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Plans revealed to transform Brooke Farm in Linby into ‘destination venue’

A council has today revealed plans to transform a farm in Linby into a ‘destination venue’ for families following a £353,000 investment.

Councillor Stuart Wallace, chairman of Nottinghamshire County Council’s Adult Social Care and Health Committee, also revealed the money spent on Brooke Farm in Linby would also help create more training opportunities for people with disabilities.

The council’s Adult Social Care and Public Health Committee approved the following plans today (February 5):

• expanding the café with a pancake theme in recognition of the local legend claiming that the pancake was invented in Linby
• building a children’s play area and improving customer car parking
• extending the shop opening hours and reviewing the products on sale
• increasing the range of plants in a new dedicated sales area to attract more customers to the venue.

The Council-run farm supports people with learning disabilities and Asperger’s Syndrome to gain horticulture skills through growing seasonal produce and plants,

It is hoped the improvements will reduce annual running costs and will increase the range of work experience opportunities available to trainees.

Brooke Farm’s fruit and vegetables are also grown at a site at Skegby which is earmarked for housing as part of the Ashfield District Local Plan.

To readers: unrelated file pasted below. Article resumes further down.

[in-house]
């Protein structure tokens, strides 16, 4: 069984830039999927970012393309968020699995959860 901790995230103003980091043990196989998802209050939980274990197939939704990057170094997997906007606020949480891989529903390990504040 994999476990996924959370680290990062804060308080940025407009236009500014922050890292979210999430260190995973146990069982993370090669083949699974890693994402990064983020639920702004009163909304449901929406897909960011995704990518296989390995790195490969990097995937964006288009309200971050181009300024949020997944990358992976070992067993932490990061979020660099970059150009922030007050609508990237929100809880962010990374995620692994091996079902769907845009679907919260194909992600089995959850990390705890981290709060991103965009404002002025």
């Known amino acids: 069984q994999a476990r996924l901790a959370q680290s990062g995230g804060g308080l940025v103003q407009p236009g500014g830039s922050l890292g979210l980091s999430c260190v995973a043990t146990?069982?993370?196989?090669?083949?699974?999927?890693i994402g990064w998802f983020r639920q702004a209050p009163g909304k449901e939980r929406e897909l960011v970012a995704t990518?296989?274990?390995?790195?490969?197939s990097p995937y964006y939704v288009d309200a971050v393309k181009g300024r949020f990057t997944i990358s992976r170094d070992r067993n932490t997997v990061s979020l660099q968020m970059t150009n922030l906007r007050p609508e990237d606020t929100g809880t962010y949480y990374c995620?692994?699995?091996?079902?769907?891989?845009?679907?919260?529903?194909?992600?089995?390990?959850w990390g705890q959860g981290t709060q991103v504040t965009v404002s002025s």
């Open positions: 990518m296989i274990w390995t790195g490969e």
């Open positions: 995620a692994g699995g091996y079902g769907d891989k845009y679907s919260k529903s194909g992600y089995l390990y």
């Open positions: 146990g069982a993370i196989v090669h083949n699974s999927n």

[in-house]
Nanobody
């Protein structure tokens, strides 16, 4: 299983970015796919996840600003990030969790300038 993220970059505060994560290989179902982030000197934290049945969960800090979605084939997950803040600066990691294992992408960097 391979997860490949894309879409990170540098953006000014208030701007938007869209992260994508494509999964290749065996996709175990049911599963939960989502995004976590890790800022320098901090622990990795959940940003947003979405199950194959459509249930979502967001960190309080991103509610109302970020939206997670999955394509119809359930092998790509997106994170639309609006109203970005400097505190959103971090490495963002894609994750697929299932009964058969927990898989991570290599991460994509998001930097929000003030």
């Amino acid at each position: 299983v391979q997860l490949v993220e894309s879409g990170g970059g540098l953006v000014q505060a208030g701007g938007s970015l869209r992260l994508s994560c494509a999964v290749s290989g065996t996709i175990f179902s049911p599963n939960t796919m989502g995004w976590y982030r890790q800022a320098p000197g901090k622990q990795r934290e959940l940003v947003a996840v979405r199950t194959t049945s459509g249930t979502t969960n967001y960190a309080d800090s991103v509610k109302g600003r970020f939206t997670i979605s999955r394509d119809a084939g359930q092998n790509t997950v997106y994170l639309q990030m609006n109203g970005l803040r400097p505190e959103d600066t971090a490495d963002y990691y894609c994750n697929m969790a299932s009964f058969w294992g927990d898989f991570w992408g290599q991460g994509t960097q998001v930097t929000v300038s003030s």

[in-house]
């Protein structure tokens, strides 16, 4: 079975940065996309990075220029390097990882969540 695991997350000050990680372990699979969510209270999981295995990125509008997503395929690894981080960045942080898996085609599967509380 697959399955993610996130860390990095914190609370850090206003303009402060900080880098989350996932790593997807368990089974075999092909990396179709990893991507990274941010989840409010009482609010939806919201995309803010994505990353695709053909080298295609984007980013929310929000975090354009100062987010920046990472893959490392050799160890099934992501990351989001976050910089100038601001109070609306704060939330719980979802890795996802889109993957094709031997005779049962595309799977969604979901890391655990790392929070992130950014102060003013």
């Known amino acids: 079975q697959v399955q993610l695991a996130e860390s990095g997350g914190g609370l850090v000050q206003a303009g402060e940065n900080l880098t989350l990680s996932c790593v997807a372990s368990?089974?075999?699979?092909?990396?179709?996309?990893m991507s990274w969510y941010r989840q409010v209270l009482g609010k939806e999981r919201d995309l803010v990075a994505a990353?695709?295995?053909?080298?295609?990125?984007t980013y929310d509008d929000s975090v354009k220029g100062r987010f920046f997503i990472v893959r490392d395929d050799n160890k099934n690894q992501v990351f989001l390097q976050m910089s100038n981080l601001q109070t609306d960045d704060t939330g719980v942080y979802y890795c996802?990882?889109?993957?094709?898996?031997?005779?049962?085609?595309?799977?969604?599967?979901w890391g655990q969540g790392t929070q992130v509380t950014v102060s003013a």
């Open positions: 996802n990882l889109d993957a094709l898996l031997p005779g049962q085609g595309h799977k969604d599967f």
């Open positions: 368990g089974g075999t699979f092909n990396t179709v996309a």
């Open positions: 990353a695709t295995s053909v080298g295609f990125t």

It is proposed to vacate this site and support work trainees based there to move to the improved Brooke Farm or another site at Balderton.

Two heavily subsidised services which offer garden maintenance work to Council facilities, private locations and residents are also proposed to close as they are not commercially viable in a competitive market with falling customer numbers.

It is hoped the three proposals, which staff, service users and the public will be consulted on, will reduce annual running costs up to £249,000.

It is proposed the maintenance services’ eight employees with disabilities are offered paid positions at Brooke Farm for up to four years where they will receive extra training and support to find alternative permanent jobs.

A council spokesman said: “Brooke Farm is a fantastic place which offers people with disabilities paid work and meaningful activities that benefit their wellbeing, confidence and quality of life.

“We are planning to expand what’s on offer to increase activities for trainees and attract more customers, which in turn will make the service more financially sustainable for the long-term.

“We will offer paid placements at Brooke Farm to employees affected by the proposed gardening service closures to help them find alternative jobs, which could include new opportunities arising from the farm improvements.”

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